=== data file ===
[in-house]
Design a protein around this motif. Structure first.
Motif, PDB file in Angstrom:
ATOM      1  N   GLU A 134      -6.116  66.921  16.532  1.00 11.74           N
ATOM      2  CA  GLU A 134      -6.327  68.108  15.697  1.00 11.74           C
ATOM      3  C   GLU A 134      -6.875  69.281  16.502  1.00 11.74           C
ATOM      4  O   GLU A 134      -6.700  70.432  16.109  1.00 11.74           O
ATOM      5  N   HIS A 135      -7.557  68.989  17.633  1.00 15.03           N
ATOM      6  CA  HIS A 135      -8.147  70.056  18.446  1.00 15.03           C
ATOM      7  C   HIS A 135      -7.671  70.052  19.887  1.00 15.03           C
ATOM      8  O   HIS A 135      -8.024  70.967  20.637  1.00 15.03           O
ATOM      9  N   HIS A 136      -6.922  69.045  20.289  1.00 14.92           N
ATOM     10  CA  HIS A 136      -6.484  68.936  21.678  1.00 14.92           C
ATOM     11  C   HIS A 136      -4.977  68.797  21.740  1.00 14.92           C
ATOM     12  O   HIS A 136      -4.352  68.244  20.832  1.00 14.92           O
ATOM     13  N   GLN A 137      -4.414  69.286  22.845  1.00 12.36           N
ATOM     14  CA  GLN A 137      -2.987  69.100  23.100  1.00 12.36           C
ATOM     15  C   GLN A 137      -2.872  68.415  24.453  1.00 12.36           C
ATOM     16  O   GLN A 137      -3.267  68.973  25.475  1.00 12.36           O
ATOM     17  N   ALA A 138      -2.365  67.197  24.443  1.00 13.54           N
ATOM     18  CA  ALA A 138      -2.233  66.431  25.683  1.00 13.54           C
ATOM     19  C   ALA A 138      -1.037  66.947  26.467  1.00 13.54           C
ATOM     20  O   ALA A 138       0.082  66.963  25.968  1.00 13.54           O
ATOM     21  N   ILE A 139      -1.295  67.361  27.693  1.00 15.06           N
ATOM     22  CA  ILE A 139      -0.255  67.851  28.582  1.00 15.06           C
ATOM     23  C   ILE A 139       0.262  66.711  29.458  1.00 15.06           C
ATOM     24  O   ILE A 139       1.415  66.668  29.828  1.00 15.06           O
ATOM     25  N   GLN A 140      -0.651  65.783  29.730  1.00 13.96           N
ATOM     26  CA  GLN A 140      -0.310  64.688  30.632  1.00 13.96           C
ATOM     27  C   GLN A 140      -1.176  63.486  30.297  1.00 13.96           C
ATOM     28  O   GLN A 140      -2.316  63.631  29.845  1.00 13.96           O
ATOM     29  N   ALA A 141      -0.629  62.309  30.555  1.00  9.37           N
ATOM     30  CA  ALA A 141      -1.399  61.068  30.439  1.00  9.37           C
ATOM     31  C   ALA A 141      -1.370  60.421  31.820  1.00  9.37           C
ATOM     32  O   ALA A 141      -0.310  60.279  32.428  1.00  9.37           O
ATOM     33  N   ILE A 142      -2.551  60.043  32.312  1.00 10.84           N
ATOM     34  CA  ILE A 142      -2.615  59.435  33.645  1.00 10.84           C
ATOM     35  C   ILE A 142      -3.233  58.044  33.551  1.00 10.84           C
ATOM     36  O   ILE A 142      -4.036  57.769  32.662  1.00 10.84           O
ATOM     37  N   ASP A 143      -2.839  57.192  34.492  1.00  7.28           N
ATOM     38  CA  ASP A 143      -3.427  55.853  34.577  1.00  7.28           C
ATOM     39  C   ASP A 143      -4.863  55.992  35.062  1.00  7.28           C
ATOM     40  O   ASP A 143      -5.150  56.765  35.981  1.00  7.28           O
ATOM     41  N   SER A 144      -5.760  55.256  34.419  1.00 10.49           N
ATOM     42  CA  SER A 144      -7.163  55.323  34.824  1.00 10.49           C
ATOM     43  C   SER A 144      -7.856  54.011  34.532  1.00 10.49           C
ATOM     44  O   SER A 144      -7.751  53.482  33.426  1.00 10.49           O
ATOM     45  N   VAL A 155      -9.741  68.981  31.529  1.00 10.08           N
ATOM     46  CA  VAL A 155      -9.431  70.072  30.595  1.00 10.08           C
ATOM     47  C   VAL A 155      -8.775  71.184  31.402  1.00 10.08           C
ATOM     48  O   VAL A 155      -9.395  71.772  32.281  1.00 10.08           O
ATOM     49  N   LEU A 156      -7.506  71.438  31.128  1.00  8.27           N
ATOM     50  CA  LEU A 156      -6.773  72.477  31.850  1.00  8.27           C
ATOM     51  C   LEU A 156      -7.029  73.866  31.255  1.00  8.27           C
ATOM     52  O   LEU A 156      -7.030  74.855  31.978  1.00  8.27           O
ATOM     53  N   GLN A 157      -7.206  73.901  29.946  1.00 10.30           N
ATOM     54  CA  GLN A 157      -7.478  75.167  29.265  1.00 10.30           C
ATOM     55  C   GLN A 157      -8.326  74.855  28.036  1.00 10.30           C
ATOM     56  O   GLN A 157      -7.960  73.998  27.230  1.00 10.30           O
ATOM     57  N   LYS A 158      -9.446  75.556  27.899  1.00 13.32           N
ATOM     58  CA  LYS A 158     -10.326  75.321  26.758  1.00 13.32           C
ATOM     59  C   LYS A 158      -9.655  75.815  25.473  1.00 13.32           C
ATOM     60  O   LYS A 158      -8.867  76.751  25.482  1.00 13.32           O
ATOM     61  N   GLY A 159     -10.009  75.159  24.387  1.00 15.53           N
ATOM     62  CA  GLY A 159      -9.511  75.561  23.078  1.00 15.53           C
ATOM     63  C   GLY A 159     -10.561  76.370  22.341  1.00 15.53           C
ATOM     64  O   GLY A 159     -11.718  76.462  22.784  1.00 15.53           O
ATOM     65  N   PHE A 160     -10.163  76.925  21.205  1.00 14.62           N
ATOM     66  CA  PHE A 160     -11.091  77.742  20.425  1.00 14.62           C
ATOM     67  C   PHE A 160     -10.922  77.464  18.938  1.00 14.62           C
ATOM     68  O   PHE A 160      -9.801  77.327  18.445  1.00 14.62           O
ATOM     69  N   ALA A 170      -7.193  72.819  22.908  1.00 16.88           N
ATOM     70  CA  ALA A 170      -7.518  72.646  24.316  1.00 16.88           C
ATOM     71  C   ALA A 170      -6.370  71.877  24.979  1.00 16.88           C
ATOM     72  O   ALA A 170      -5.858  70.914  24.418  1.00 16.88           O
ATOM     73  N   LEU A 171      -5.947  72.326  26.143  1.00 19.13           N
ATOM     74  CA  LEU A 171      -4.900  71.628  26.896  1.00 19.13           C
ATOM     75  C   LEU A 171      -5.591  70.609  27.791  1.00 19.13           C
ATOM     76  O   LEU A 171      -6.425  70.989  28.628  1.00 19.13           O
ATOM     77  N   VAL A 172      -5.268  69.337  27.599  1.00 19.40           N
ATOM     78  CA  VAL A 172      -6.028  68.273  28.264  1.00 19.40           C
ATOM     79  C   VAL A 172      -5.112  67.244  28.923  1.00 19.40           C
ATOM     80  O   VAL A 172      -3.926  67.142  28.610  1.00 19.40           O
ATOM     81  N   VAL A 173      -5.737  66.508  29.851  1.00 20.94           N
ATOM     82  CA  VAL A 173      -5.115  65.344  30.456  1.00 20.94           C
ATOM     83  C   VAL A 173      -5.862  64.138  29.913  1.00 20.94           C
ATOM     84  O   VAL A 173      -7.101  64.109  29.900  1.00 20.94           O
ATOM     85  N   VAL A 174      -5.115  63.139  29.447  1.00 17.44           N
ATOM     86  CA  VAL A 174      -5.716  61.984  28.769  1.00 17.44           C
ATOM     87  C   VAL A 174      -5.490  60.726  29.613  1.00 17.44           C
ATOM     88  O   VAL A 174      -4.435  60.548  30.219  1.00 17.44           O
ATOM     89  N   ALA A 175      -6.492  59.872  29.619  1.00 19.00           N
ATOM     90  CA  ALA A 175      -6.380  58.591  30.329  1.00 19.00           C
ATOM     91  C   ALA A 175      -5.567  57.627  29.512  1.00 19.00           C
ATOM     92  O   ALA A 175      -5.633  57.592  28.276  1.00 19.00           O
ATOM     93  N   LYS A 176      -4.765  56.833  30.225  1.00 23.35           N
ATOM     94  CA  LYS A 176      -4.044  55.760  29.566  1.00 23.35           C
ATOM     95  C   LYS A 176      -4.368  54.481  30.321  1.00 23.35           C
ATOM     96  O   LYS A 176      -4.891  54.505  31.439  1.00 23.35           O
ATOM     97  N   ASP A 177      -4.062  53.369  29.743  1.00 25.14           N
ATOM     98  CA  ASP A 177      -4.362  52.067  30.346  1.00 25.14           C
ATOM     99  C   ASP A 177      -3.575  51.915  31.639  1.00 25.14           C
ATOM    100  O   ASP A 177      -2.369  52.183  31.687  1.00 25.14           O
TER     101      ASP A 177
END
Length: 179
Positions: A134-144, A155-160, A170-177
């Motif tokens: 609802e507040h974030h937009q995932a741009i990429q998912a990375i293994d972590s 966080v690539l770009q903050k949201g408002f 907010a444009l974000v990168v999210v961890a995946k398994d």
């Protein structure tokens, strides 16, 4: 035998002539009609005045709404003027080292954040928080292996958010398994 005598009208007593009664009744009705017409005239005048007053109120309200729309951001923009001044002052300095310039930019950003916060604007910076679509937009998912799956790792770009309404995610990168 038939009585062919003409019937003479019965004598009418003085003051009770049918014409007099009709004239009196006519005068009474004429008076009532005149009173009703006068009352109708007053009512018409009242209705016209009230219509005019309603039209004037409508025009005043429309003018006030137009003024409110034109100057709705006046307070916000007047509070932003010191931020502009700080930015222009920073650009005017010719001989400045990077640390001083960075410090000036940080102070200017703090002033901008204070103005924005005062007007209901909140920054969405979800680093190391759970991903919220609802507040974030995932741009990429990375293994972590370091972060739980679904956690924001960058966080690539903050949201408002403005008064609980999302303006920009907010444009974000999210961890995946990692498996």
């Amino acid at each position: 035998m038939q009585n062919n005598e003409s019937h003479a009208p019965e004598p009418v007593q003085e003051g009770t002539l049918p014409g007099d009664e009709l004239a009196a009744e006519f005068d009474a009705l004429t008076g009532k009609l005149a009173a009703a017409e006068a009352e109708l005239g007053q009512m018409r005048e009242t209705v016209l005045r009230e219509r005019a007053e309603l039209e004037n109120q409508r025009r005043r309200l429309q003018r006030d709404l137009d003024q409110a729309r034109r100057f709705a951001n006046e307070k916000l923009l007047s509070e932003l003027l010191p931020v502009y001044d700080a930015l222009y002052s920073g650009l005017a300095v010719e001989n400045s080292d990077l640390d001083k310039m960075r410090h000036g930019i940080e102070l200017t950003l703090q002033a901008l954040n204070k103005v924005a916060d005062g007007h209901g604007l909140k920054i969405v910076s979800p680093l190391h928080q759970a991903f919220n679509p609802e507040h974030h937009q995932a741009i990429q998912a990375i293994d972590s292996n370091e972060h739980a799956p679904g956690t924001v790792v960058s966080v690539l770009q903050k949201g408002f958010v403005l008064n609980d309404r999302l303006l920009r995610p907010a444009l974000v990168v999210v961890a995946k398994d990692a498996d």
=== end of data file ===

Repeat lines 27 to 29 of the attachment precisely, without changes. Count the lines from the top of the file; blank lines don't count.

ATOM     24  O   ILE A 139       1.415  66.668  29.828  1.00 15.06           O
ATOM     25  N   GLN A 140      -0.651  65.783  29.730  1.00 13.96           N
ATOM     26  CA  GLN A 140      -0.310  64.688  30.632  1.00 13.96           C